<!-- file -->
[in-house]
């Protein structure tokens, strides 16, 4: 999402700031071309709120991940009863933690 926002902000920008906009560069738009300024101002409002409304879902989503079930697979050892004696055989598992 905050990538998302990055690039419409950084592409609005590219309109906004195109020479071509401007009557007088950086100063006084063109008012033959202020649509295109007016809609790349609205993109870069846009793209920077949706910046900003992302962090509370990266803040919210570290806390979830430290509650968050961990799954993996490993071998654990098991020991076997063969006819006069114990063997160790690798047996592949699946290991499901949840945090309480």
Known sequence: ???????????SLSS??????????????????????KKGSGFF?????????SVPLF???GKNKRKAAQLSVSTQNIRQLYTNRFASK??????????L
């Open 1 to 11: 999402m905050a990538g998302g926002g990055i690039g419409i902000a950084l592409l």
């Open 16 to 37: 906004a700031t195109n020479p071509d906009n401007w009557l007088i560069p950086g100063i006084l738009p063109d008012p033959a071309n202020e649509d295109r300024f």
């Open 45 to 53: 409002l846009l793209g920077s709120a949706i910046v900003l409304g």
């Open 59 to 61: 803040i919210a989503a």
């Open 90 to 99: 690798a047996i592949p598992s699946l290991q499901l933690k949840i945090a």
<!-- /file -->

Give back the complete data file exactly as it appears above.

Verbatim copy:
[in-house]
């Protein structure tokens, strides 16, 4: 999402700031071309709120991940009863933690 926002902000920008906009560069738009300024101002409002409304879902989503079930697979050892004696055989598992 905050990538998302990055690039419409950084592409609005590219309109906004195109020479071509401007009557007088950086100063006084063109008012033959202020649509295109007016809609790349609205993109870069846009793209920077949706910046900003992302962090509370990266803040919210570290806390979830430290509650968050961990799954993996490993071998654990098991020991076997063969006819006069114990063997160790690798047996592949699946290991499901949840945090309480």
Known sequence: ???????????SLSS??????????????????????KKGSGFF?????????SVPLF???GKNKRKAAQLSVSTQNIRQLYTNRFASK??????????L
């Open 1 to 11: 999402m905050a990538g998302g926002g990055i690039g419409i902000a950084l592409l």
């Open 16 to 37: 906004a700031t195109n020479p071509d906009n401007w009557l007088i560069p950086g100063i006084l738009p063109d008012p033959a071309n202020e649509d295109r300024f």
């Open 45 to 53: 409002l846009l793209g920077s709120a949706i910046v900003l409304g």
């Open 59 to 61: 803040i919210a989503a």
């Open 90 to 99: 690798a047996i592949p598992s699946l290991q499901l933690k949840i945090a």